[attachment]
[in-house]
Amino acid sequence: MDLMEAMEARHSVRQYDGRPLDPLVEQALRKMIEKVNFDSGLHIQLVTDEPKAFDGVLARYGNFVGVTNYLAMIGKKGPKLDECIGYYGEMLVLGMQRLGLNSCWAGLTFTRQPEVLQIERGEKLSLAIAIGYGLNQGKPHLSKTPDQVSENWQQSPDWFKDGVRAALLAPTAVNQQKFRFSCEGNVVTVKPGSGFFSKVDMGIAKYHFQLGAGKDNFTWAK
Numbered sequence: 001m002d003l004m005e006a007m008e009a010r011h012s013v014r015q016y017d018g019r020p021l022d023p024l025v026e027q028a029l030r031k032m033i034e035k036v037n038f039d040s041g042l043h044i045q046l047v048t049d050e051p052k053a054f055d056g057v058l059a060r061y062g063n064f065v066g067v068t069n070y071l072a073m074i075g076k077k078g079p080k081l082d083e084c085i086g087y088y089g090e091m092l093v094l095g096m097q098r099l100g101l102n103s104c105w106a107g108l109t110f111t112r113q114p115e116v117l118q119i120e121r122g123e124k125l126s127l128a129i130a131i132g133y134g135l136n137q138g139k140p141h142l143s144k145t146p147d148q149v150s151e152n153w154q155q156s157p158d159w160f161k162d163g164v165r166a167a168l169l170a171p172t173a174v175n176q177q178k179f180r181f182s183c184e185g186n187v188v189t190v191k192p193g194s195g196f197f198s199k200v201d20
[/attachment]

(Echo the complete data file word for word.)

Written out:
[in-house]
Amino acid sequence: MDLMEAMEARHSVRQYDGRPLDPLVEQALRKMIEKVNFDSGLHIQLVTDEPKAFDGVLARYGNFVGVTNYLAMIGKKGPKLDECIGYYGEMLVLGMQRLGLNSCWAGLTFTRQPEVLQIERGEKLSLAIAIGYGLNQGKPHLSKTPDQVSENWQQSPDWFKDGVRAALLAPTAVNQQKFRFSCEGNVVTVKPGSGFFSKVDMGIAKYHFQLGAGKDNFTWAK
Numbered sequence: 001m002d003l004m005e006a007m008e009a010r011h012s013v014r015q016y017d018g019r020p021l022d023p024l025v026e027q028a029l030r031k032m033i034e035k036v037n038f039d040s041g042l043h044i045q046l047v048t049d050e051p052k053a054f055d056g057v058l059a060r061y062g063n064f065v066g067v068t069n070y071l072a073m074i075g076k077k078g079p080k081l082d083e084c085i086g087y088y089g090e091m092l093v094l095g096m097q098r099l100g101l102n103s104c105w106a107g108l109t110f111t112r113q114p115e116v117l118q119i120e121r122g123e124k125l126s127l128a129i130a131i132g133y134g135l136n137q138g139k140p141h142l143s144k145t146p147d148q149v150s151e152n153w154q155q156s157p158d159w160f161k162d163g164v165r166a167a168l169l170a171p172t173a174v175n176q177q178k179f180r181f182s183c184e185g186n187v188v189t190v191k192p193g194s195g196f197f198s199k200v201d20